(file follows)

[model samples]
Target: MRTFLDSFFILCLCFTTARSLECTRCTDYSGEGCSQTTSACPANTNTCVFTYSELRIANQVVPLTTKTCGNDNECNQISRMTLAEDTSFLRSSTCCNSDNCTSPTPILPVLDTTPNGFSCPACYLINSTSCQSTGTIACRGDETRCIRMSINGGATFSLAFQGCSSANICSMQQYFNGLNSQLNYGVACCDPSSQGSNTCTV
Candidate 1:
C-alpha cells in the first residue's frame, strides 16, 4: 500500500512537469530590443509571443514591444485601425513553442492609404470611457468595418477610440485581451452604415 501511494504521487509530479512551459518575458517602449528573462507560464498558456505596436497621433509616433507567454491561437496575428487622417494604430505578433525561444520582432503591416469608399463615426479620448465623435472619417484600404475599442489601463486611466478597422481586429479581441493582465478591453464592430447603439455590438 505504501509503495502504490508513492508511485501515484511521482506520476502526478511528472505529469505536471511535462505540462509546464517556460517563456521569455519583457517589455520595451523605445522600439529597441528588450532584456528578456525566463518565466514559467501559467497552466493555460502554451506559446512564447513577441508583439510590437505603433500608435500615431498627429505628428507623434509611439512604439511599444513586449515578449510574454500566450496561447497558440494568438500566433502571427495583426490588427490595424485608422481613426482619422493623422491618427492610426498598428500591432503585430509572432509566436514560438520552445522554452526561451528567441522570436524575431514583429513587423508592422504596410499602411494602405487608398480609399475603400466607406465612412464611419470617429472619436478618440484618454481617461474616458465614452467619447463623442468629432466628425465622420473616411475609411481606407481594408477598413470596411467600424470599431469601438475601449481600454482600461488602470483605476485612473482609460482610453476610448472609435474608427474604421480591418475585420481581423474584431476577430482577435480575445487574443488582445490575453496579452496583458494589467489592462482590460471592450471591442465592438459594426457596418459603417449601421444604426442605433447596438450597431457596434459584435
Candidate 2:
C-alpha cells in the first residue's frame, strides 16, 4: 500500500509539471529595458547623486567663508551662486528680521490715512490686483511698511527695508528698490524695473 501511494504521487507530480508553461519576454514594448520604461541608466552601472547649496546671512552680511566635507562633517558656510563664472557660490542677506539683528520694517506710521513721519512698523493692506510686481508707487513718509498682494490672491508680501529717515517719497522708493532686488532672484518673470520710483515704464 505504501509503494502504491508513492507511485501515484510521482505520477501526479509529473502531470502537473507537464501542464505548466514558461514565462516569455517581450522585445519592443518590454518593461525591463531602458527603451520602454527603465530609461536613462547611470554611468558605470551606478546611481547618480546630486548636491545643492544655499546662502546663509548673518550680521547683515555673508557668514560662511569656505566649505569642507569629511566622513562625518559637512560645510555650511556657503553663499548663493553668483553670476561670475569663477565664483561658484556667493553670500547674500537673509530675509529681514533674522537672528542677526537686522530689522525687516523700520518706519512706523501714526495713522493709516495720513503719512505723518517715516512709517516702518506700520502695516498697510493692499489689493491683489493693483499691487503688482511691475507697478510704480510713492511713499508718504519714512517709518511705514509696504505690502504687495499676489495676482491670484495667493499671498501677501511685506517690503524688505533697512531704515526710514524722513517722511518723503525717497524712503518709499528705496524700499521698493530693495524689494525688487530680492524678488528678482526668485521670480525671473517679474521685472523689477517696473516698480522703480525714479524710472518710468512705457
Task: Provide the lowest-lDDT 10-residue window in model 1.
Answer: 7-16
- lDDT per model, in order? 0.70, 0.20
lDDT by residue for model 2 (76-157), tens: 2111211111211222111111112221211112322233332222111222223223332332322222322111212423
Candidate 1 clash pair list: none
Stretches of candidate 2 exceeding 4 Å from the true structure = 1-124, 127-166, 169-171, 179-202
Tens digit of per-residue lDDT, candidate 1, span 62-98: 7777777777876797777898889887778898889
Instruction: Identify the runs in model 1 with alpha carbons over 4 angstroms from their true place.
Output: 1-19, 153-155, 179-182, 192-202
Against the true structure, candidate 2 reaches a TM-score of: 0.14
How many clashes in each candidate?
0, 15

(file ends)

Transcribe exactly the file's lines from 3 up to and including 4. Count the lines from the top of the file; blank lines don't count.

Candidate 1:
C-alpha cells in the first residue's frame, strides 16, 4: 500500500512537469530590443509571443514591444485601425513553442492609404470611457468595418477610440485581451452604415 501511494504521487509530479512551459518575458517602449528573462507560464498558456505596436497621433509616433507567454491561437496575428487622417494604430505578433525561444520582432503591416469608399463615426479620448465623435472619417484600404475599442489601463486611466478597422481586429479581441493582465478591453464592430447603439455590438 505504501509503495502504490508513492508511485501515484511521482506520476502526478511528472505529469505536471511535462505540462509546464517556460517563456521569455519583457517589455520595451523605445522600439529597441528588450532584456528578456525566463518565466514559467501559467497552466493555460502554451506559446512564447513577441508583439510590437505603433500608435500615431498627429505628428507623434509611439512604439511599444513586449515578449510574454500566450496561447497558440494568438500566433502571427495583426490588427490595424485608422481613426482619422493623422491618427492610426498598428500591432503585430509572432509566436514560438520552445522554452526561451528567441522570436524575431514583429513587423508592422504596410499602411494602405487608398480609399475603400466607406465612412464611419470617429472619436478618440484618454481617461474616458465614452467619447463623442468629432466628425465622420473616411475609411481606407481594408477598413470596411467600424470599431469601438475601449481600454482600461488602470483605476485612473482609460482610453476610448472609435474608427474604421480591418475585420481581423474584431476577430482577435480575445487574443488582445490575453496579452496583458494589467489592462482590460471592450471591442465592438459594426457596418459603417449601421444604426442605433447596438450597431457596434459584435